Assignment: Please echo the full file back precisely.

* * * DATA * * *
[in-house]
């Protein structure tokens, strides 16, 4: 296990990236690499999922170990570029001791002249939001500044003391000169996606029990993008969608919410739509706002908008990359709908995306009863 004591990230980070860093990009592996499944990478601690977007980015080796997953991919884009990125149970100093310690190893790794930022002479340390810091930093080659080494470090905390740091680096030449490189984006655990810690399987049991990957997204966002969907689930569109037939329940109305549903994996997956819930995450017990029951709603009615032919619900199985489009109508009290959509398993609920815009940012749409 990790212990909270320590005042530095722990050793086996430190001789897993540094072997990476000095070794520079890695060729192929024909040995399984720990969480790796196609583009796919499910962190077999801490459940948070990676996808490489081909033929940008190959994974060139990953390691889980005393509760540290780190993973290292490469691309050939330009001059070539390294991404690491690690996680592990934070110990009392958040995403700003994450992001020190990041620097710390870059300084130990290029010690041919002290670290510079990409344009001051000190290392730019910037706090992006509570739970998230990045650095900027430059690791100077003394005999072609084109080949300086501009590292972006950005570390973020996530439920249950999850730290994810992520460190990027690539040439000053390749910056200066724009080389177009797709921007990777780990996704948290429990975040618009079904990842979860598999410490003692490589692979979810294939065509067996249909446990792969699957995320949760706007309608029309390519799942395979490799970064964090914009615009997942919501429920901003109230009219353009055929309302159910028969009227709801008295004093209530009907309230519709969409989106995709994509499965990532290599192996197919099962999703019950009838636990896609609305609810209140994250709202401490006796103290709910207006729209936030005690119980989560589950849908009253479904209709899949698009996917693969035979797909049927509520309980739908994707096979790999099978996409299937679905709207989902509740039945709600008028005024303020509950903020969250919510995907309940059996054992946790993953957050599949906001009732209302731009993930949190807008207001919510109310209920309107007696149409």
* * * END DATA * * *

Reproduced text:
[in-house]
């Protein structure tokens, strides 16, 4: 296990990236690499999922170990570029001791002249939001500044003391000169996606029990993008969608919410739509706002908008990359709908995306009863 004591990230980070860093990009592996499944990478601690977007980015080796997953991919884009990125149970100093310690190893790794930022002479340390810091930093080659080494470090905390740091680096030449490189984006655990810690399987049991990957997204966002969907689930569109037939329940109305549903994996997956819930995450017990029951709603009615032919619900199985489009109508009290959509398993609920815009940012749409 990790212990909270320590005042530095722990050793086996430190001789897993540094072997990476000095070794520079890695060729192929024909040995399984720990969480790796196609583009796919499910962190077999801490459940948070990676996808490489081909033929940008190959994974060139990953390691889980005393509760540290780190993973290292490469691309050939330009001059070539390294991404690491690690996680592990934070110990009392958040995403700003994450992001020190990041620097710390870059300084130990290029010690041919002290670290510079990409344009001051000190290392730019910037706090992006509570739970998230990045650095900027430059690791100077003394005999072609084109080949300086501009590292972006950005570390973020996530439920249950999850730290994810992520460190990027690539040439000053390749910056200066724009080389177009797709921007990777780990996704948290429990975040618009079904990842979860598999410490003692490589692979979810294939065509067996249909446990792969699957995320949760706007309608029309390519799942395979490799970064964090914009615009997942919501429920901003109230009219353009055929309302159910028969009227709801008295004093209530009907309230519709969409989106995709994509499965990532290599192996197919099962999703019950009838636990896609609305609810209140994250709202401490006796103290709910207006729209936030005690119980989560589950849908009253479904209709899949698009996917693969035979797909049927509520309980739908994707096979790999099978996409299937679905709207989902509740039945709600008028005024303020509950903020969250919510995907309940059996054992946790993953957050599949906001009732209302731009993930949190807008207001919510109310209920309107007696149409």